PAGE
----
Health minister warns of ‘patchwork approach’ without new doctor-assisted death law
Health Minister Jane Philpott says provincial guidelines on doctor-assisted dying will not provide the necessary guidance or protection needed as medically assisted dying becomes legal in Canada on Tuesday.
The Supreme Court of Canada gave the federal government until the end of today to pass new legislation on doctor assisted death, but Bill C-14 — the Liberals’ proposed bill on assistance in dying — is still undergoing scrutiny in Parliament.
“While I have faith in Canada’s healthcare providers to carry out these responsibilities responsibly and ethically, I believe that regulatory guidance alone is insufficient, given the nature of what you will be asked to do,” Philpott said during a speech to a national health conference in Ottawa on Monday.
“We will have a patchwork approach to protection of the vulnerable, as safeguards vary across the country.”
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The Senate’s legal and constitutional affairs committee is hearing from experts today as it continues to study the bill, which could be put to a vote by week’s end — at the earliest.
But any major amendments would see Bill C-14 sent back to the House of Commons, further delaying its passage.
Top legal scholar challenges constitutionality
Among the witnesses at the Senate committee was Peter Hogg — whose book on constitutional law in Canada is often cited by the Supreme Court — who says C-14 is inconsistent with the top court’s landmark ruling, known as the Carter decision, last year. It struck down the ban on assisted dying as a violation of the right to life, liberty and security of the person.
Hogg noted that the Supreme Court specifically said Parliament could respond to its ruling “should they so choose, by enacting legislation consistent with the constitutional parameters set out in these reasons.”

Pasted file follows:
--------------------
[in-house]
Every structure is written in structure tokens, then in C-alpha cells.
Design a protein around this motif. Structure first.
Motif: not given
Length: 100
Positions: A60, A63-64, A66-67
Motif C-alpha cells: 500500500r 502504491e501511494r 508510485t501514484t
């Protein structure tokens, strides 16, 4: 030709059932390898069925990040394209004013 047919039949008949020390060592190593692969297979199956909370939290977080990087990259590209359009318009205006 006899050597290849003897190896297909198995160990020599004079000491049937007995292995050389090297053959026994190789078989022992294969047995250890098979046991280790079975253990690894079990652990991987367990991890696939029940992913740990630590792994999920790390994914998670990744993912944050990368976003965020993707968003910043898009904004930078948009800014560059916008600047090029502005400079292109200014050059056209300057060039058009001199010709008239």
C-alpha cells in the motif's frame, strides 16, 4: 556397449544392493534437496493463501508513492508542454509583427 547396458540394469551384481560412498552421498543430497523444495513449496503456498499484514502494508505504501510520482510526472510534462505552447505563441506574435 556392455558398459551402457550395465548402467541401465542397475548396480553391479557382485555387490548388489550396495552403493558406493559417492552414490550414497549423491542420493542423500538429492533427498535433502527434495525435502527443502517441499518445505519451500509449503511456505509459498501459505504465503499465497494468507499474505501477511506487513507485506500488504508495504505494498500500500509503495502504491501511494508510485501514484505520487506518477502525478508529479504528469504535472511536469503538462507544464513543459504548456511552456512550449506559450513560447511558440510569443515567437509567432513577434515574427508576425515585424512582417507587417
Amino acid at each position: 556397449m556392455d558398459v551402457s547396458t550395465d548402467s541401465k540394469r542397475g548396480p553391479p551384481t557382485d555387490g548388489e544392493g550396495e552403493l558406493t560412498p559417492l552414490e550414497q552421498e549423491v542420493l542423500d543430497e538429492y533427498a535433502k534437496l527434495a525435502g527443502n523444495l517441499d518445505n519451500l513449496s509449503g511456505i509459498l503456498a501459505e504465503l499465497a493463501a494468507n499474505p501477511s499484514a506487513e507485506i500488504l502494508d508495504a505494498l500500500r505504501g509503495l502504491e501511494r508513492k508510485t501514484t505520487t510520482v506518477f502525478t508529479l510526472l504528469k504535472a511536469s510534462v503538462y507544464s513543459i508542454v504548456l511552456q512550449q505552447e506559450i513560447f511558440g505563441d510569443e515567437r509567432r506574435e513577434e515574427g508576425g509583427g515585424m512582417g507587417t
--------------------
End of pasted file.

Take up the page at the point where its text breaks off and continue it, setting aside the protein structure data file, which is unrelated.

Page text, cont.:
“In my opinion, the bill is not consistent with the constitutional parameters set out in the Carter reasons,” he said.
The Supreme Court directed that medical assistance in dying should be available to clearly consenting, competent adults with “grievous and irremediable” medical conditions that are causing enduring suffering that they find intolerable.
C-14 takes a more restrictive approach, allowing assisted dying only for consenting adults “in an advanced stage of irreversible decline” from a serious and “incurable” disease, illness or disability and for whom natural death is “reasonably foreseeable.”
If C-14 is enacted in its current form, Hogg said, “the class of entitled persons would no longer include people whose suffering is not an end-of-life condition.”
“It is incredible to me that the court in Carter, when it called for legislation by Parliament ‘consistent with the constitutional parameters set out in these reasons,’ was envisaging legislation that would narrow the class of entitled persons.”
Hogg said that Kay Carter herself would not have qualified for physician-assisted death under the regulations proposed in Bill C-14 because she was not considered terminal, and would not have satisfied the condition that her natural death be “reasonably foreseeable.”